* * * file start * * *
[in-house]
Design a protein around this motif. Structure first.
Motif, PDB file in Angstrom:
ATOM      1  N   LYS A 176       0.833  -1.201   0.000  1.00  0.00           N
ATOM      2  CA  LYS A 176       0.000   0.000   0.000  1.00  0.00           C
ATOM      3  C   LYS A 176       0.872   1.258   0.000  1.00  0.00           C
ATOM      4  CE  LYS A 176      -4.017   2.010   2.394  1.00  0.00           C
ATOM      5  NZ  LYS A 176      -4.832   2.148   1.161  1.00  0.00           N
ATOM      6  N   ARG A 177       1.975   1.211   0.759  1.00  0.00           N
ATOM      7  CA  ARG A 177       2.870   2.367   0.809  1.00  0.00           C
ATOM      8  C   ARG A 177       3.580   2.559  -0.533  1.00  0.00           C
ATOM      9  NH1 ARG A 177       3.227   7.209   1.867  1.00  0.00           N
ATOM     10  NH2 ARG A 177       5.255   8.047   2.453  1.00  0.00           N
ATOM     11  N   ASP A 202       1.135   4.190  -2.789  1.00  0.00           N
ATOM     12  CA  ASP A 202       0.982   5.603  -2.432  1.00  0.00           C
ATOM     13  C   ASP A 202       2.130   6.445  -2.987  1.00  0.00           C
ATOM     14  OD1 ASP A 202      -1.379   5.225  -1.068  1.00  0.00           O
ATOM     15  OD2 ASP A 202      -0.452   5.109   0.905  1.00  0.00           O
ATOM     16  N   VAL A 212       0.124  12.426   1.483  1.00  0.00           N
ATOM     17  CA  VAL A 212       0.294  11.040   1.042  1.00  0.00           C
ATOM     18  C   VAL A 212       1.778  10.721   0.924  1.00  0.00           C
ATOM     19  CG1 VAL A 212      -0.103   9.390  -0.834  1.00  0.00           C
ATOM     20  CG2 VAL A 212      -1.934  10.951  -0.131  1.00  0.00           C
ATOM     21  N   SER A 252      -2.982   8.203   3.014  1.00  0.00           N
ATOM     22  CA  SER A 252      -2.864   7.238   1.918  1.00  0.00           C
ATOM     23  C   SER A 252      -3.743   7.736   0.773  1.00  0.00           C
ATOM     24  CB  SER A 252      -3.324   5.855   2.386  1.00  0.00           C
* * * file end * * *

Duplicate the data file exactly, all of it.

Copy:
[in-house]
Design a protein around this motif. Structure first.
Motif, PDB file in Angstrom:
ATOM      1  N   LYS A 176       0.833  -1.201   0.000  1.00  0.00           N
ATOM      2  CA  LYS A 176       0.000   0.000   0.000  1.00  0.00           C
ATOM      3  C   LYS A 176       0.872   1.258   0.000  1.00  0.00           C
ATOM      4  CE  LYS A 176      -4.017   2.010   2.394  1.00  0.00           C
ATOM      5  NZ  LYS A 176      -4.832   2.148   1.161  1.00  0.00           N
ATOM      6  N   ARG A 177       1.975   1.211   0.759  1.00  0.00           N
ATOM      7  CA  ARG A 177       2.870   2.367   0.809  1.00  0.00           C
ATOM      8  C   ARG A 177       3.580   2.559  -0.533  1.00  0.00           C
ATOM      9  NH1 ARG A 177       3.227   7.209   1.867  1.00  0.00           N
ATOM     10  NH2 ARG A 177       5.255   8.047   2.453  1.00  0.00           N
ATOM     11  N   ASP A 202       1.135   4.190  -2.789  1.00  0.00           N
ATOM     12  CA  ASP A 202       0.982   5.603  -2.432  1.00  0.00           C
ATOM     13  C   ASP A 202       2.130   6.445  -2.987  1.00  0.00           C
ATOM     14  OD1 ASP A 202      -1.379   5.225  -1.068  1.00  0.00           O
ATOM     15  OD2 ASP A 202      -0.452   5.109   0.905  1.00  0.00           O
ATOM     16  N   VAL A 212       0.124  12.426   1.483  1.00  0.00           N
ATOM     17  CA  VAL A 212       0.294  11.040   1.042  1.00  0.00           C
ATOM     18  C   VAL A 212       1.778  10.721   0.924  1.00  0.00           C
ATOM     19  CG1 VAL A 212      -0.103   9.390  -0.834  1.00  0.00           C
ATOM     20  CG2 VAL A 212      -1.934  10.951  -0.131  1.00  0.00           C
ATOM     21  N   SER A 252      -2.982   8.203   3.014  1.00  0.00           N
ATOM     22  CA  SER A 252      -2.864   7.238   1.918  1.00  0.00           C
ATOM     23  C   SER A 252      -3.743   7.736   0.773  1.00  0.00           C
ATOM     24  CB  SER A 252      -3.324   5.855   2.386  1.00  0.00           C